As a side note, Steyer’s grave concern about climate change apparently hasn’t always prevented him from investing in the fossil fuel industry. According to this report, Farallon Capital bought up 1.8 million shares of BP stock in August of 2011 – after the Deepwater Horizon oil spill utterly devastated the Gulf of Mexico.

The real CPMC story


OPINION The recently announced terms for the development of California Pacific Medical Center’s hospitals at Cathedral Hill and St. Luke’s generated front-page and lead stories in the local news media. But nearly without exception, only part of the story was reported. Missing from most accounts of the terms of the new deal, which dramatically changed last year’s failed draft development agreement negotiated by Mayor Ed Lee, was the decisive role played by a community/labor coalition, San Franciscans for Healthcare, Housing, Jobs and Justice.

Key details of the agreement have yet to be finalized, and provisions of the terms announced on March 5th need to be improved. But the new agreement, in virtually all respects, is an improvement over the old one. And on the same day the terms of the new deal was announced one of the union members of the coalition, the National Union of Healthcare Workers signed a contact with CPMC that protected union organizing rights, job security at Cathedral Hill and full employer paid health care — issues that had been unresolved over the last few years. Still missing is an ageement between Sutter and its nurses, a critical component of labor peace.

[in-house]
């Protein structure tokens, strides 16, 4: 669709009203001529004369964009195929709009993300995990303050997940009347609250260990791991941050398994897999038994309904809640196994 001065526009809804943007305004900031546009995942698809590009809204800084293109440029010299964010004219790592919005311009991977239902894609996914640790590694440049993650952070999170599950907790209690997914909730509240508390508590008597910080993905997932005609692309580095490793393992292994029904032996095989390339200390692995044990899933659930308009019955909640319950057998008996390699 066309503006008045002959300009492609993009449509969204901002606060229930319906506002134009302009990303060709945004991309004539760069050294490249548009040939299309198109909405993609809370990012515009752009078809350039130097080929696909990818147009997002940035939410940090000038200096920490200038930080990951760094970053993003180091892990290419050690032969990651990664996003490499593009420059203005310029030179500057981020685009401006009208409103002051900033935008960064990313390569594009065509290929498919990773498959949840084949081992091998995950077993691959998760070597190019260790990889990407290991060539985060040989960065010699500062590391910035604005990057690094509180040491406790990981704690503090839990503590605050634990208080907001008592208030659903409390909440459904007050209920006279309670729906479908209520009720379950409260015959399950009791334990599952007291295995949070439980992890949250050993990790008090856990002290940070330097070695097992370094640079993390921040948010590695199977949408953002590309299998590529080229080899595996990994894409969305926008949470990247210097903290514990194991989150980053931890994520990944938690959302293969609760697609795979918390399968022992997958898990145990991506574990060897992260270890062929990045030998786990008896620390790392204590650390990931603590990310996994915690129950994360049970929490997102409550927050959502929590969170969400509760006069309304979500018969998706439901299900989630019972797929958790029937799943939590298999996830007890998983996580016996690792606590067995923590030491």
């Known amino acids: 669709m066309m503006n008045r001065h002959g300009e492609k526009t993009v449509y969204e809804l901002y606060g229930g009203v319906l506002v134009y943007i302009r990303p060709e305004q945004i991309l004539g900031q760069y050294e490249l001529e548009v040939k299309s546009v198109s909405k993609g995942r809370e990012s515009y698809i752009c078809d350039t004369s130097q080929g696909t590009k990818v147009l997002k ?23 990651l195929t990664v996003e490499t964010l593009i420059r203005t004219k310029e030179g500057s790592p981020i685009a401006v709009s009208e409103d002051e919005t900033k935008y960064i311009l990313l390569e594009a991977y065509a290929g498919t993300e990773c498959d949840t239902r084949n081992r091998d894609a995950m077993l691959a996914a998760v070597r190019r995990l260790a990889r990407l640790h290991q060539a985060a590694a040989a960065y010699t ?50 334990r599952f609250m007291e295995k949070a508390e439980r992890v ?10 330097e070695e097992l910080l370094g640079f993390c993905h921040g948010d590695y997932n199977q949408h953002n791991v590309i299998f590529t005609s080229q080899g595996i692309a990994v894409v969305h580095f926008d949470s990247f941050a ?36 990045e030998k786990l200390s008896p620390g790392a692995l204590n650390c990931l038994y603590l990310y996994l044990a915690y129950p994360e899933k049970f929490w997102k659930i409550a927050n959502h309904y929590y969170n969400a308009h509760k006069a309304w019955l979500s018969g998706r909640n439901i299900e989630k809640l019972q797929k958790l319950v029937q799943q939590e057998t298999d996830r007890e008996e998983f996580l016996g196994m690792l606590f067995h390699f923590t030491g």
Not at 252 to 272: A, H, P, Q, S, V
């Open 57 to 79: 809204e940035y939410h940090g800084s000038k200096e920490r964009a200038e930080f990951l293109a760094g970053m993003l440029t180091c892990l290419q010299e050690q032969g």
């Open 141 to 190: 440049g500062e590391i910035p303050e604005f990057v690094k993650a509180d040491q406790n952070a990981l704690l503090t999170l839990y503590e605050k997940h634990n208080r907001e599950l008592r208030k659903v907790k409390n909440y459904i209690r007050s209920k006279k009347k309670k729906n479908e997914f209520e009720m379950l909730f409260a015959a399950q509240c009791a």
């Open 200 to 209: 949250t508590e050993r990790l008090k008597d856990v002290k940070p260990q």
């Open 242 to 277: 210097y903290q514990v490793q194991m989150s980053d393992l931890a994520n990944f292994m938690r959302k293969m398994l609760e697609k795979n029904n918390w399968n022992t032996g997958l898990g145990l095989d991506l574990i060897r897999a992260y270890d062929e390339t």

The basic structure of the current terms mirror almost exactly the positions outlined by the SFHHJJ over the last year, including a requirement for labor peace with all unions at CPMC. This was no accident; it was the result of the efforts of the community/labor coalition. When the old deal was stalled at the Board of Supervisors in early 2013 and it was clear that the Mayors Office had no idea how to proceed, the members of the coalition came up with a framework to get discussions going again. The key ingredient was the involvement of a skilled an knowledgeable mediator, mutually respected by all parties and the participation of Sutter Corp. in Sacramento — the real party able to make actual binding corporate commitments, not the subsidiary the mayor had dealt with.